Teachers College psychologist Edmund W. Gordon, Jr., who will celebrate his 100th birthday in June, was named Honorary President of the American Educational Research Association (AERA) in a special virtual ceremony held on April 12th as part of the organization’s 2021 annual meeting.
Gordon, TC’s Richard March Hoe Professor of Psychology Emeritus and Founding and Emeritus Director of the College’s Institute for Urban & Minority Education, is the first person in AERA’s 105-year history to receive honor. The title of Honorary President recognizes Gordon for his “pioneering scholarship on the gaps in education opportunities and supports for children of color and low-income students.”
“Not only has Dr. Gordon transformed the fields of education research, practice, and policy through his groundbreaking scholarship, but he’s been a lifelong mentor, colleague, and friend to countless numbers of researchers, teachers, and students,” said AERA President Shaun R. Harper, Provost Professor in the Rossier School of Education and Marshall School of Business at the University of Southern California.
Not only has Dr. Gordon transformed the fields of education research, practice, and policy through his groundbreaking scholarship, but he’s been a lifelong mentor, colleague, and friend to countless numbers of researchers, teachers, and students.
—AERA President Shaun R. Harper
In honoring Gordon, Harper was joined by Kenji Hakuta, Lee J. Jacks Professor of Education Emeritus at Stanford University, who led a brief conversation with Gordon, and four former AERA presidents: Linda Darling Hammond, President and CEO of the Learning Policy Institute and a former TC faculty member; Carol D. Lee, Professor Emeritus in the School of Education and Social Policy and in African-American Studies at Northwestern University; James Banks, Kerry and Linda Killinger Endowed Chair in Diversity Studies Emeritus at the University of Washington): and TC’s Amy Stuart Wells, Professor of Sociology & Education.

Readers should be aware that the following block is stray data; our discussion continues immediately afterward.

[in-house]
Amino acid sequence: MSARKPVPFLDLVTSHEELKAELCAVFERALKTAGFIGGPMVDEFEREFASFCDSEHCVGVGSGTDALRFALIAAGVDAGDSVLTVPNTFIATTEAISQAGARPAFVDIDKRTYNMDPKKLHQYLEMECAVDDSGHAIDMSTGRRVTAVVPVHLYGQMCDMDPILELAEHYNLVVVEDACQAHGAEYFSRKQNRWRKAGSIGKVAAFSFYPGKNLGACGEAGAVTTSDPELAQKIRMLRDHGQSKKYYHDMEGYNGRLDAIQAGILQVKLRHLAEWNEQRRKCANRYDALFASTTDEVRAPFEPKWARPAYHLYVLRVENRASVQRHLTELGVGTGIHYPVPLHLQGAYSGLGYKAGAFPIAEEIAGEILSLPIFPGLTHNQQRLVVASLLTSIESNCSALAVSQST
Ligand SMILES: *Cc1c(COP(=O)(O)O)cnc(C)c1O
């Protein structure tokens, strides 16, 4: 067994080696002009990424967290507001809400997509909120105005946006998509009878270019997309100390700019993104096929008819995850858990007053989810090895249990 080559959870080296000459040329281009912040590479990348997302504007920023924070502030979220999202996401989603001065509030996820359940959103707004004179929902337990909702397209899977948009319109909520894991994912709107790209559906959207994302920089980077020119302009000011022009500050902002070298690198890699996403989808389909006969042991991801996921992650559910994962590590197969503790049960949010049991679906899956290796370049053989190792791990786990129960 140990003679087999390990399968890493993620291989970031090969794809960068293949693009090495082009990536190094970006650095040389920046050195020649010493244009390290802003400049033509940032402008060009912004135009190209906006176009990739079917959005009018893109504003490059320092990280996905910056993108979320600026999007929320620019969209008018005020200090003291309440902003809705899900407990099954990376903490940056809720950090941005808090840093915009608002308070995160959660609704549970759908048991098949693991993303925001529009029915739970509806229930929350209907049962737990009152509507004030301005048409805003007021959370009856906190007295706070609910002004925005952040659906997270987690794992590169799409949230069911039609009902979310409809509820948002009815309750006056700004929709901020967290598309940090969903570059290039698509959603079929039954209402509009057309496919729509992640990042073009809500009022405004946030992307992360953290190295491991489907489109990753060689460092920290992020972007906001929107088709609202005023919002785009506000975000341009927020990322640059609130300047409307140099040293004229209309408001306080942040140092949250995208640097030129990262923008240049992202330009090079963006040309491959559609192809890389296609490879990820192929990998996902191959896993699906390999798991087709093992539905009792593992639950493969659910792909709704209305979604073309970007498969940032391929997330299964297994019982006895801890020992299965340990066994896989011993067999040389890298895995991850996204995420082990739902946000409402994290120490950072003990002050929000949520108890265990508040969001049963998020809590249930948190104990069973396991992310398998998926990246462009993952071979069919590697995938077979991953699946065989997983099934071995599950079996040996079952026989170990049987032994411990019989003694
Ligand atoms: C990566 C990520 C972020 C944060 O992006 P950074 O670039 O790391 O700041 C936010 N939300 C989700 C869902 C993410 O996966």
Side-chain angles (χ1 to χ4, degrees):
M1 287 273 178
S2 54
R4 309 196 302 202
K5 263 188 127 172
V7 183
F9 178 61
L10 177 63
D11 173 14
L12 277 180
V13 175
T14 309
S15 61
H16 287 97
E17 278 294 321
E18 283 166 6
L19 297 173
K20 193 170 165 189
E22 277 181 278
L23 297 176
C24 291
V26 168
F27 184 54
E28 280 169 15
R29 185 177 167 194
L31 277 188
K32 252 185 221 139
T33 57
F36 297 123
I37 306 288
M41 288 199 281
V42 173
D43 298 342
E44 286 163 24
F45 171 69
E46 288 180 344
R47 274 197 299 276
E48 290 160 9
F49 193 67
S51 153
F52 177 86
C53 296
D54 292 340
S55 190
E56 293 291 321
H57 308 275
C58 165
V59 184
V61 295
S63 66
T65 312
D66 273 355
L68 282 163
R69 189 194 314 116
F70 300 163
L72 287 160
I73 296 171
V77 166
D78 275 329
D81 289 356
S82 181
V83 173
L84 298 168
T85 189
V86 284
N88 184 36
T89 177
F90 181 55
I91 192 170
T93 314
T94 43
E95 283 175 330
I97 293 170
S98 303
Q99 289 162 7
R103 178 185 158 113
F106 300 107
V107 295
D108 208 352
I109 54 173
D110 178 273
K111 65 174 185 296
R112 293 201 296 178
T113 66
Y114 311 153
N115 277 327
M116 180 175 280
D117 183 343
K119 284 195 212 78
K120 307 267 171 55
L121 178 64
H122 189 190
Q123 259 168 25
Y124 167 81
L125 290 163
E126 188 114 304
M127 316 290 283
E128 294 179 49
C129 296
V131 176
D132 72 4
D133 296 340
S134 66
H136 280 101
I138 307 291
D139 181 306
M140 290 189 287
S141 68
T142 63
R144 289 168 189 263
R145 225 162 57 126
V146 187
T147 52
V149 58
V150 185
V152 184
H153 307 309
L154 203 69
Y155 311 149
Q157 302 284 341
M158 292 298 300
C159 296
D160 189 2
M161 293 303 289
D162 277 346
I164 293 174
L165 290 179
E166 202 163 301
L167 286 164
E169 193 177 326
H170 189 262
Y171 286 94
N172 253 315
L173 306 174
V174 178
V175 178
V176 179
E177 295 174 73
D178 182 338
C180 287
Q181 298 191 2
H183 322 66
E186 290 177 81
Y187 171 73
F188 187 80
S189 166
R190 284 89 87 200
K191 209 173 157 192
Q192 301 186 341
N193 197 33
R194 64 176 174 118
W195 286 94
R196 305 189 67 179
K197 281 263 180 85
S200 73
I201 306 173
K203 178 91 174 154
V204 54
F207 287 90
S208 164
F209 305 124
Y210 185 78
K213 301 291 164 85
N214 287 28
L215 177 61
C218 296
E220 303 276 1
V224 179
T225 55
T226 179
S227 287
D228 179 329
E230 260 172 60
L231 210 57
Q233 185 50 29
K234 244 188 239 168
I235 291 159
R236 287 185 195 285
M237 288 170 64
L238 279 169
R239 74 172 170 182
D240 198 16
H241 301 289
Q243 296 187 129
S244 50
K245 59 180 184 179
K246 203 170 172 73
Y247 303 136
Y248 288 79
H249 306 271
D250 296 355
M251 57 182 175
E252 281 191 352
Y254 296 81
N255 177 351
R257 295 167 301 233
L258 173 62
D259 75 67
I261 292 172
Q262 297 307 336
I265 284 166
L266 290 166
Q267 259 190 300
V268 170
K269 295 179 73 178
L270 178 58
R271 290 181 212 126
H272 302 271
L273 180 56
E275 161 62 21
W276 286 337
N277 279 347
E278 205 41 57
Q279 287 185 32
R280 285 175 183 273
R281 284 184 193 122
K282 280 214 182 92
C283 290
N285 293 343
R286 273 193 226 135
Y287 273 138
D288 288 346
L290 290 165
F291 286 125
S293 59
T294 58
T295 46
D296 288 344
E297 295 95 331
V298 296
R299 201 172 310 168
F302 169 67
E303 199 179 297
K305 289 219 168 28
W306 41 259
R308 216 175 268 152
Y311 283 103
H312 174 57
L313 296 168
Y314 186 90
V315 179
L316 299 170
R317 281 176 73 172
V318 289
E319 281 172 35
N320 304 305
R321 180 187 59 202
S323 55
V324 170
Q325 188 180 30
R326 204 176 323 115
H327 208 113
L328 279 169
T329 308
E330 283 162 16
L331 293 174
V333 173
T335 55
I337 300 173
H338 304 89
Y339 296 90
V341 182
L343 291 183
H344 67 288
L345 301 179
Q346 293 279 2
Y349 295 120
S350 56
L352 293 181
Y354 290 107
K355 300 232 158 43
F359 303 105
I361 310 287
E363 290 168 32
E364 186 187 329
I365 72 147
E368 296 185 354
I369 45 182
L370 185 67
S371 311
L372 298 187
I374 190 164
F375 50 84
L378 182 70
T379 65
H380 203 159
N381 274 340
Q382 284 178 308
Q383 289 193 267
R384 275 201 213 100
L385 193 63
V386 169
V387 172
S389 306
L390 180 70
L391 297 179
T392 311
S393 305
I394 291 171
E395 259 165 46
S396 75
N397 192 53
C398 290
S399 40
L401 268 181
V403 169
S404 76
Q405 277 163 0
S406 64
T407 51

Gordon, who earned his education doctorate at Teachers College in 1957, has served the world as a psychologist, minister, community activist, writer, scholar, researcher, and educator. His many achievements include: pioneering the street youth worker model in Harlem in response to gang wars; founding (with his wife, the physician Susan Gordon, who passed away in 2016) one of the first comprehensive clinics serving underprivileged children, work that anticipated current efforts such as the Harlem Children’s Zone; participating in initial analysis of the landmark Coleman report; serving as research director for Head Start under President Johnson and helping to write the first Elementary and Secondary Education Act; founding IUME and later serving as TC’s Vice President for Academic Affairs and Acting Dean; being named emeritus professor at both TC and Yale University (where he is the John M. Musser Professor of Psychology Emeritus); and holding the position of Senior Scholar in Residence at the College Board.
From 2011 through 2013, Gordon chaired the Educational Testing Service’s Gordon Commission on the Future of Assessment in Education, which issued a landmark report that called on the nation to “reconceptualize the purposes of educational assessments” by developing tools that integrate assessment and classroom instruction, respond to the growing diversity of society, and harness the power of digital technology.
In November of 2019, Gordon chaired a major conference at TC, “Human Variance and Assessment for Learning: Implications for Diverse Learners of STEM,” which coincided with the publication of his newest book, Human Variance for Assessment and Learning.
Gordon is an AERA Fellow, was the inaugural speaker in 2004 for the AERA Annual Brown Lecture in Education Research, and received the AERA Distinguished Contributions to Research in Education Award in 2000 and the AERA Relating Research to Practice Award in 2010. In 1996–97, he chaired the AERA Task Force on the Role and Future of Minorities.
He is an elected fellow of the American Psychological Association, American Society of Psychological Science, and American Association for Orthopsychiatry, and a life member of the American Association for the Advancement of Science. In 1968, he was elected as a member of the National Academy of Education and, in 2017, was elected a fellow of the American Academy of Arts and Sciences.
Learn about a planned conference later this spring in honor of Edmund Gordon's 100th birthday.